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Transfer Data

For all transfer methods you should already have set up your account on the cluster(s) you want to tranfer data to/from.

Data Transfer Nodes

Each cluster (except Milgram) has a dedicated node specially networked for high speed transfers both on and off-campus using the Yale Science Network. These transfer nodes host of our Globus service, enabling resilient transfers at scale. After logging in to a cluster, you can ssh to its transfer node with:

ssh transfer

Tip

If you are running a large transfer without Globus, run it inside a tmux session on the transfer node. This protects your transfer from network interruptions between your computer and the transfer node.

You may also use the transfer node to transfer data from your local machine using one of the below methods. From off-cluster, the nodes are accessible at the following hostnames. You must still be on-campus or on the VPN to access the transfer nodes.

Cluster Transfer Node
Grace transfer-grace.hpc.yale.edu
Farnam transfer-farnam.hpc.yale.edu
Ruddle transfer-ruddle.hpc.yale.edu
Milgram use login node, milgram.hpc.yale.edu

Graphical Transfer Tools

OOD Web Transfers

On Farnam, Grace, and Ruddle you can use their respective Open OnDemand sites to transfer files. This works best for small numbers of relatively small files. You can also directly edit scripts through this interface, alleviating the need to transfer scripts to your computer to edit.

MobaXterm (Windows)

MobaXterm is an all-in-one graphical client for Windows that includes a transfer pane for each cluster you connect to. Once you have established a connection to the cluster, click on the "Sftp" tab in the left sidebar to see your files on the cluster. You can drag-and-drop data into and out of the SFTP pane to upload and download, respectively.

Cyberduck

You can also transfer files between your local computer and a cluster using an FTP client, such as Cyberduck (OSX/Windows). You will need to configure the client with your netid as the username, the cluster transfer node as the hostname and your private key as the authentication method. An example configuration of Cyberduck is shown below.

Cyberduck sample configuration.

Cyberduck on Ruddle

Ruddle requires Multi-Factor Authentication so there are a couple additional configuration steps. Under Cyberduck > Preferences > Transfers > General change the setting to "Use browser connection" instead of "Open multiple connections".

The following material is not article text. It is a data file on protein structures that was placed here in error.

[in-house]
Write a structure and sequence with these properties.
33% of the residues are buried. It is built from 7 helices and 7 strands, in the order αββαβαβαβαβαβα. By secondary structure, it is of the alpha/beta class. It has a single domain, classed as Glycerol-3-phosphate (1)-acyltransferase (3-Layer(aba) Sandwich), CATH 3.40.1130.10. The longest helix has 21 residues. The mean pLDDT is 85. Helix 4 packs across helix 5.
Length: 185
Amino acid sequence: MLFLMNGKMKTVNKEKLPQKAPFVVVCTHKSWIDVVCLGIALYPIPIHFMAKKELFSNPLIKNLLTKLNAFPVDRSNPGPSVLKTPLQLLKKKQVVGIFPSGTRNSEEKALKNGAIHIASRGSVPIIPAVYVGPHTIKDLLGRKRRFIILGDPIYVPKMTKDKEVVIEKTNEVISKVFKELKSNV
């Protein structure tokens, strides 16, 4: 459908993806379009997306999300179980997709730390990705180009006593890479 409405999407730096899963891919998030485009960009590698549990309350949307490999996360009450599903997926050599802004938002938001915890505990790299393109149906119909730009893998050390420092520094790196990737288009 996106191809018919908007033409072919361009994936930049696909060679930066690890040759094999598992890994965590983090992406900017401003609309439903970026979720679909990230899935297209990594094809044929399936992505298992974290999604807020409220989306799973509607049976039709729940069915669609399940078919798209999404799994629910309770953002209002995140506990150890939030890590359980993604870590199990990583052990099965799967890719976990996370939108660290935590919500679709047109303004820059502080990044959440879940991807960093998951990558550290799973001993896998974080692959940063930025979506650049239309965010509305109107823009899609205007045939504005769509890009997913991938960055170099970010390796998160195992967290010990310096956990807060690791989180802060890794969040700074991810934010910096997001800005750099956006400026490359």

When you connect type one of the following when prompted with a "Partial authentication success" window.

  • "push" to receive a push notification to your smart phone (requires the Duo mobile app)
  • "sms" to receive a verification passcode via text message
  • "phone" to receive a phone call

Large Transfers (Globus)

Globus is a web-enabled GridFTP service that transfers large datasets fast, securely, and reliably between computers configured to be endpoints. We have configured endpoints for most of the Yale clusters and you can configure your computer to transfer files as well. Please see our Globus page for Yale-specific documentation and their official docs to get started.

Command-Line Transfer Tools

scp and rsync (macOS/Linux/Linux on Windows)

Linux and macOS users can use scp or rsync. Use the hostname of the cluster transfer node (see above) to transfer files.

Note that you must have your ssh keys properly setup to use the commands outlined below. See the Cluster Access documentation for more info.

scp and sftp are both used from a Terminal window. The basic syntax of scp is

scp [from] [to]

The from and to can each be a filename or a directory/folder on the computer you are typing the command on or a remote host (e.g. the transfer node).

Transfer a File from Your Computer to a Cluster

Using the example netid abc123, following is run on your computer's local terminal.

scp myfile.txt abc123@transfer-grace.hpc.yale.edu:/home/fas/admins/abc123/test

In this example, myfile.txt is copied to the directory /home/fas/admins/abc123/test: on Grace. This example assumes that myfile.txt is in your current directory. You may also specify the full path of myfile.txt.

scp /home/xyz/myfile.txt abc123@transfer-grace.hpc.yale.edu:/home/fas/admins/abc123/test

Transfer a Directory to a Cluster

scp -r mydirectory abc123@transfer-grace.hpc.yale.edu:/home/fas/admins/abc123/test

In this example, the contents of mydirectory are transferred. The -r indicates that the copy is recursive.

Transfer Files from the Cluster to Your Computer

Assuming you would like the files copied to your current directory:

scp abc123@transfer-grace.hpc.yale.edu:/home/fas/admins/abc123/myfile.txt .

Note that . represents your current working directory. To specify the destination, simply replace the . with the full path:

scp abc123@transfer-grace.hpc.yale.edu:/home/fas/admins/abc123/myfile.txt /path/myfolder

Rclone

To move data to and from cloud storage (Box, Dropbox, Wasabi, AWS S3, or Google Cloud Storage, etc.) , we recommend using Rclone. It is installed as a module on all of the clusters and can be installed on your computer. You will need to configure it for each kind of storage you would like to transfer to with:

rclone configure

You'll be prompted for a name for the connection (e.g mys3), and then details about the connection. Once you've saved that configuration, you can use that connection name to copy files with similar syntax to scp and rsync:

rclone copy localpath/myfile mys3:bucketname/
rclone sync localpath/mydir mys3:bucketname/remotedir

We recommend that you protect your configurations with a password. You'll see that as an option when you run rclone config. For all the Rclone documentaion please refer to the official site.


Last update: May 7, 2020